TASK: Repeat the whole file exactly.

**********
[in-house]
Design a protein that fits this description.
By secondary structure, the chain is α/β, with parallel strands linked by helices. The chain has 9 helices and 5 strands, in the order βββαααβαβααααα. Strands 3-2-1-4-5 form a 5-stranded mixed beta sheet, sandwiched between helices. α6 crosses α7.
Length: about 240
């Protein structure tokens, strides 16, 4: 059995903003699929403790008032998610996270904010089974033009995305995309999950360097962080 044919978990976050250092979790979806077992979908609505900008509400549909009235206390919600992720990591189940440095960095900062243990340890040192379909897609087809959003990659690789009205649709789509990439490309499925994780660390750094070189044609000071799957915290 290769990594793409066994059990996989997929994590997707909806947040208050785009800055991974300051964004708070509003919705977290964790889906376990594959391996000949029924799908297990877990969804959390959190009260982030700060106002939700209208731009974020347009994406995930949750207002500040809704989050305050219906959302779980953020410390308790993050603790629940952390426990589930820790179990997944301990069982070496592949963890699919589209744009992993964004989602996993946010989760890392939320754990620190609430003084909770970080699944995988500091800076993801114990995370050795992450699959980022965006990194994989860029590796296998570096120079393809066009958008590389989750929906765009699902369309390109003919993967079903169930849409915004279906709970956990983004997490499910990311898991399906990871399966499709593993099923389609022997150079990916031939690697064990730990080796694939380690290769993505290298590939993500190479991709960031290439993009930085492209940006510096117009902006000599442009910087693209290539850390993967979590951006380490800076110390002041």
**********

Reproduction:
[in-house]
Design a protein that fits this description.
By secondary structure, the chain is α/β, with parallel strands linked by helices. The chain has 9 helices and 5 strands, in the order βββαααβαβααααα. Strands 3-2-1-4-5 form a 5-stranded mixed beta sheet, sandwiched between helices. α6 crosses α7.
Length: about 240
């Protein structure tokens, strides 16, 4: 059995903003699929403790008032998610996270904010089974033009995305995309999950360097962080 044919978990976050250092979790979806077992979908609505900008509400549909009235206390919600992720990591189940440095960095900062243990340890040192379909897609087809959003990659690789009205649709789509990439490309499925994780660390750094070189044609000071799957915290 290769990594793409066994059990996989997929994590997707909806947040208050785009800055991974300051964004708070509003919705977290964790889906376990594959391996000949029924799908297990877990969804959390959190009260982030700060106002939700209208731009974020347009994406995930949750207002500040809704989050305050219906959302779980953020410390308790993050603790629940952390426990589930820790179990997944301990069982070496592949963890699919589209744009992993964004989602996993946010989760890392939320754990620190609430003084909770970080699944995988500091800076993801114990995370050795992450699959980022965006990194994989860029590796296998570096120079393809066009958008590389989750929906765009699902369309390109003919993967079903169930849409915004279906709970956990983004997490499910990311898991399906990871399966499709593993099923389609022997150079990916031939690697064990730990080796694939380690290769993505290298590939993500190479991709960031290439993009930085492209940006510096117009902006000599442009910087693209290539850390993967979590951006380490800076110390002041």